802.11n or Bust?

Posted by: Cliff Edwards on May 10, 2007

It’s interesting how many companies continue to tout the upcoming 802.11n Wi-Fi standard as the best way to send video files around the home, even when there continues to be serious limitations to the technology.
Those limitations came into sharp focus when Intel held a press event on May 9 announcing its latest Core 2 Duo notebook platform. Execs practicing transferring video via wireless 802.11n the night before saw the stream work without a hiccup when compared to older Wi-Fi technology. But in the real world the next day during the event, where many reporters were using that same 802.11n Wi-Fi connection to browse the Web at the same time the demo was running, the newer technology actually performed worse than Intel’s combo 802.11a/b/g wireless chipset!
It’s a problem inherent with technology that shares bandwidth with many different devices. Since most wireless routers aren’t smart enough to prioritize data streams, the more devices that are connected the slower the connection speed for all those devices. With video, the issue is particularly vexing since any data loss during transmission of these large files leads to image stuttering.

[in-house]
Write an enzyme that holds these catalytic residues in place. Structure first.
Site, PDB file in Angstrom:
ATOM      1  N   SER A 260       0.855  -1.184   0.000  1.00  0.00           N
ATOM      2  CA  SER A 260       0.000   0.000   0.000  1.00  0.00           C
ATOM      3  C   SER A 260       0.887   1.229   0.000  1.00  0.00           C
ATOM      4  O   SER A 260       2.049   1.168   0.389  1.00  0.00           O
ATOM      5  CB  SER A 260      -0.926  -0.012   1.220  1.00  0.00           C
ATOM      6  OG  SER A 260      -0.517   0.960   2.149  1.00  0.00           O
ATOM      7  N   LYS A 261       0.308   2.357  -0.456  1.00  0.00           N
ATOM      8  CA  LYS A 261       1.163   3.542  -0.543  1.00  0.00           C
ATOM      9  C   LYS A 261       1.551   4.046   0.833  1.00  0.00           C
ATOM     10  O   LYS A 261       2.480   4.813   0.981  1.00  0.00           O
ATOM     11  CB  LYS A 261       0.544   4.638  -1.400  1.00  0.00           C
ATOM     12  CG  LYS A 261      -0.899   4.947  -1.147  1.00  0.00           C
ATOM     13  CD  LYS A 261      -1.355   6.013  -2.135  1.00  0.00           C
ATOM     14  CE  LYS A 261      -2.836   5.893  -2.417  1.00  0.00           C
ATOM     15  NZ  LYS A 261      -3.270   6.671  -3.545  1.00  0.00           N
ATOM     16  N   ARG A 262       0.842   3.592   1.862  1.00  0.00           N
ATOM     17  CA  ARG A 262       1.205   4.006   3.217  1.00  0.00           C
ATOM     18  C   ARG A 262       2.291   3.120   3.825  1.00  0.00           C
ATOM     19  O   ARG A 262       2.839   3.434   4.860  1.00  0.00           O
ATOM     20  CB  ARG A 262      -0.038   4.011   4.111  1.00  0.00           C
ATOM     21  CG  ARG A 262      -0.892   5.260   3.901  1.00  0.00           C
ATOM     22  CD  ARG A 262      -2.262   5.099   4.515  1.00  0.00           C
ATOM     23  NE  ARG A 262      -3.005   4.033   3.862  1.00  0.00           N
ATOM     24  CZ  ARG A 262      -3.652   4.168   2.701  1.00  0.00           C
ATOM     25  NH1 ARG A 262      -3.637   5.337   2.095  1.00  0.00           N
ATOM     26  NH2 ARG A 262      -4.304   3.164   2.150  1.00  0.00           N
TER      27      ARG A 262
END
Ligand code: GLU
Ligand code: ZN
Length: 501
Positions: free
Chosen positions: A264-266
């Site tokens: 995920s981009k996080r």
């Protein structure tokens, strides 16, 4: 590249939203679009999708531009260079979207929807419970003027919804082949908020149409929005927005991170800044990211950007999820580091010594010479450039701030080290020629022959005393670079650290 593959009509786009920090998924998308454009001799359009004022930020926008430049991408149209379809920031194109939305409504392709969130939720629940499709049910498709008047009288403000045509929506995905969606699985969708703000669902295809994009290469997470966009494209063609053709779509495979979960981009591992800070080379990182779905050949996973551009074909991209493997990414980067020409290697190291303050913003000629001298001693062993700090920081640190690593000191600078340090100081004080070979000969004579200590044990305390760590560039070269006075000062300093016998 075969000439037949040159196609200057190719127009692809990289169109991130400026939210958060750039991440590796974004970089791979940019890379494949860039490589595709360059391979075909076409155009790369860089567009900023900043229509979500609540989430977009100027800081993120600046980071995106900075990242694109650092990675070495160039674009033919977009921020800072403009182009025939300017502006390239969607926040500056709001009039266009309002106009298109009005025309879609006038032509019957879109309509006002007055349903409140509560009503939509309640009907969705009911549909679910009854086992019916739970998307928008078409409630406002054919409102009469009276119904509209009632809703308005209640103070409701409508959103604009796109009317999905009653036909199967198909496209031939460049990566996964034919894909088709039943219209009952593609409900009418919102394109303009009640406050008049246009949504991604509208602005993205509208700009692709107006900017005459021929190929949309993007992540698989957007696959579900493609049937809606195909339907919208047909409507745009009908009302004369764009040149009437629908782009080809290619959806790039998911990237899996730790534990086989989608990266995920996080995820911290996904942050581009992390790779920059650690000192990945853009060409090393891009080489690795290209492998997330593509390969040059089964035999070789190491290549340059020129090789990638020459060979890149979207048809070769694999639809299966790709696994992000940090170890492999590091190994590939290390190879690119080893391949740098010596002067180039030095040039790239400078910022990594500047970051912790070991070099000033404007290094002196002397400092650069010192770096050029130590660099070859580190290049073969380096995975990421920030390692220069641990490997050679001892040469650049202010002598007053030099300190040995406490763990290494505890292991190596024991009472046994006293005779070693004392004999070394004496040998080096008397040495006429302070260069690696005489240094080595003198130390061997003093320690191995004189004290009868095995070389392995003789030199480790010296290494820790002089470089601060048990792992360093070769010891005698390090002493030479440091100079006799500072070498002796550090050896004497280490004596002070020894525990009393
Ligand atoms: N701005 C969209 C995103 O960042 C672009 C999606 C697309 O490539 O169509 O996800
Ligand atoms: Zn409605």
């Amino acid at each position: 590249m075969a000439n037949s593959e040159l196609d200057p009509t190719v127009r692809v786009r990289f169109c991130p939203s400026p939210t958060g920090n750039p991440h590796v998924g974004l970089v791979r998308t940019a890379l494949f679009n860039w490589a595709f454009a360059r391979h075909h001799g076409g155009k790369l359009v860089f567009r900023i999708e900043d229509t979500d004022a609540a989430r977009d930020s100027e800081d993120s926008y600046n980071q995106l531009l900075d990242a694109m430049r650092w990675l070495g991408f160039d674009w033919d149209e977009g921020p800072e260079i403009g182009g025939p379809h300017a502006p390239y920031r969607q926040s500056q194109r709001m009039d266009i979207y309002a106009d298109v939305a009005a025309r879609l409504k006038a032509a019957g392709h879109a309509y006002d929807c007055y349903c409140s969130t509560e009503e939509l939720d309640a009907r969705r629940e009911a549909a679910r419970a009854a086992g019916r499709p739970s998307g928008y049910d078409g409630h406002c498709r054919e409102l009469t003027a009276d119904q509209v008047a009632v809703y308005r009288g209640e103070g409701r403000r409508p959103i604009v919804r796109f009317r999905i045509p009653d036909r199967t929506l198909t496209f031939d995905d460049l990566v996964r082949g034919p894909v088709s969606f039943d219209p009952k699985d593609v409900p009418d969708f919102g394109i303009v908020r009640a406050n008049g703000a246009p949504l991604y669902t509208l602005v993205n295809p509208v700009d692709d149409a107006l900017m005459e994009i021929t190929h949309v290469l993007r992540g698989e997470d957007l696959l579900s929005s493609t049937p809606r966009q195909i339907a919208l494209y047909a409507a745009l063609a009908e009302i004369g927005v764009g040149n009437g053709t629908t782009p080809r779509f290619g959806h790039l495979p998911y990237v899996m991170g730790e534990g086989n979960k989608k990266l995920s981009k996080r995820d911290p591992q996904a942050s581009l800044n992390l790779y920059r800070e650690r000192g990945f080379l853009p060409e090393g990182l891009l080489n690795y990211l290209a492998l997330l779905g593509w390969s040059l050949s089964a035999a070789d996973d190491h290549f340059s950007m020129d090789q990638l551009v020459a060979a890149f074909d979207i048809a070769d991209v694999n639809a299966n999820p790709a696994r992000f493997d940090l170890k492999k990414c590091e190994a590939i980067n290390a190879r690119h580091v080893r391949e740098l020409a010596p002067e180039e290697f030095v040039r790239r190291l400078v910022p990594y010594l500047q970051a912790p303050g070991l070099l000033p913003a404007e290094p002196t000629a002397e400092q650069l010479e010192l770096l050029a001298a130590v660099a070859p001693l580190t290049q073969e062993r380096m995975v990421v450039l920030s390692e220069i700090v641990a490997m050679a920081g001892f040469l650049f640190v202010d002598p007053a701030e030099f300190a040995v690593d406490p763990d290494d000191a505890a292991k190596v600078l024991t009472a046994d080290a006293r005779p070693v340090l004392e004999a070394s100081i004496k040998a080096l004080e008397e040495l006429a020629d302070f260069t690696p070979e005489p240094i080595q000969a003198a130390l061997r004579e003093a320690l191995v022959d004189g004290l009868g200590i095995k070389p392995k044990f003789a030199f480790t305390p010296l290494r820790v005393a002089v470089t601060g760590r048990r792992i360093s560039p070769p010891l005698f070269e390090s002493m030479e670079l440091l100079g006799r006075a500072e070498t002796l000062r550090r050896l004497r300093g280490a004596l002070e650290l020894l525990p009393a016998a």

It’s clear chipmakers and the consumer electronics industry have a long way to go before figuring this all out. Until then, building a truly “digital” home looks a very long way from reality.

Reader Comments

JP

May 10, 2007 4:53 PM

Building a truly digital home can be done with a wired network. Making it so easy to setup and use that even "Grandma" can figure it out is what's preventing widespread adoption.

Claude Gelinas

May 17, 2007 8:27 PM

Networks, wired or wireless, tend to have trouble shuffling large video files from one device to another.

The built-in 1000BASE-T (Gigabit) Ethernet port on my new Mac Pro seems to be very fast but I only have one such computer so I haven't been able to test the video streaming speed, yet.

If all my networked devices used such speedy (wired) connection ports, I believe my video streaming experience would be rather excellent!

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Bloomberg Businessweek writers Peter Burrows, Cliff Edwards, Olga Kharif, Aaron Ricadela, and Douglas MacMillan, dig behind the headlines to analyze what’s really happening throughout the world of technology. Tech Beat covers everything from tech bellwethers like Apple, Google, and Intel and emerging new leaders such as Facebook to new technologies, trends, and controversies.

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